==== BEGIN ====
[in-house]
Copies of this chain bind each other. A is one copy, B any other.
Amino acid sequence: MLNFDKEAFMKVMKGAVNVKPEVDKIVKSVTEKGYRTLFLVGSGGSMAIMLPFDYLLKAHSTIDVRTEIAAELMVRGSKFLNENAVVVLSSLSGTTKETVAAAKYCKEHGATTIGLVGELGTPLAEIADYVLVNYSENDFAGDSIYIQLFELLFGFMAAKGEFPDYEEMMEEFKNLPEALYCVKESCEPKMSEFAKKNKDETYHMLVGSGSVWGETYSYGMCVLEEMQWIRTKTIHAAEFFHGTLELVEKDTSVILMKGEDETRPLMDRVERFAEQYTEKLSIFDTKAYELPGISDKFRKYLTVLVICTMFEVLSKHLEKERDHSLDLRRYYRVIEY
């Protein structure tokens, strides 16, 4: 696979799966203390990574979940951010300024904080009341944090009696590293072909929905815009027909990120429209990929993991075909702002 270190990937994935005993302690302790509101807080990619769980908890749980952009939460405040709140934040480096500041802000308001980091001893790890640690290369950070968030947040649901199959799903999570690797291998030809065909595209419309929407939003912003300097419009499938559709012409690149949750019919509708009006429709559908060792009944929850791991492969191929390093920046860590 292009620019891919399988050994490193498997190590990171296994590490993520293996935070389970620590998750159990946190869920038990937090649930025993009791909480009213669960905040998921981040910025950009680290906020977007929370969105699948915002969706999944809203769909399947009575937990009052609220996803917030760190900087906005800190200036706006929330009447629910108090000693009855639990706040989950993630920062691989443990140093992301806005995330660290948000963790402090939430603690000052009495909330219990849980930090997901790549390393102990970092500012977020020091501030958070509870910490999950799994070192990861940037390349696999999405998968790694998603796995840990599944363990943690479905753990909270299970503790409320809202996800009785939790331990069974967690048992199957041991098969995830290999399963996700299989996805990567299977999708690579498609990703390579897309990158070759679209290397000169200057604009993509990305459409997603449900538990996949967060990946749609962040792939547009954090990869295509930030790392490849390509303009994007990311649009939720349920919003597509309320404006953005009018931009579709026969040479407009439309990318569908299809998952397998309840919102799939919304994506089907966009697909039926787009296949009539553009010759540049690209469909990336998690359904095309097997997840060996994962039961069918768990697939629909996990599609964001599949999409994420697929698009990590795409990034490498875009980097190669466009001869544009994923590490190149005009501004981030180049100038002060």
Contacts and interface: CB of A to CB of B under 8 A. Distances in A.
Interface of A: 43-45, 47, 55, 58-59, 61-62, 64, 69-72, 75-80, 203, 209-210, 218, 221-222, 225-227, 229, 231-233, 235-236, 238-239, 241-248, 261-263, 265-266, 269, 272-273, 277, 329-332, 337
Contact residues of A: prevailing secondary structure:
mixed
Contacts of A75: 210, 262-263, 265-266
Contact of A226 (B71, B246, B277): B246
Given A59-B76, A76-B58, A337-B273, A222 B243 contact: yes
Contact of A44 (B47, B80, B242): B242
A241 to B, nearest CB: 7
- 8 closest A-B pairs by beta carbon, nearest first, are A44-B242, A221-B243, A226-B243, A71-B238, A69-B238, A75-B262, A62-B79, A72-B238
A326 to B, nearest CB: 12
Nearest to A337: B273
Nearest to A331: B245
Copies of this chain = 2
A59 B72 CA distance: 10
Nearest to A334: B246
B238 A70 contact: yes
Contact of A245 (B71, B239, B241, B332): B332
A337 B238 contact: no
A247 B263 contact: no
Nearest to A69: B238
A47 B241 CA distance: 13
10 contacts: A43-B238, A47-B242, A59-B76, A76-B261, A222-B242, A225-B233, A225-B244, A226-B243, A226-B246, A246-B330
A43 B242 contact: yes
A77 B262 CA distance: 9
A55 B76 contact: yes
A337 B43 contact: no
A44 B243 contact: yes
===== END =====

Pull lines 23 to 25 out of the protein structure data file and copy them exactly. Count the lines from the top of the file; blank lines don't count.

A337 B238 contact: no
A247 B263 contact: no
Nearest to A69: B238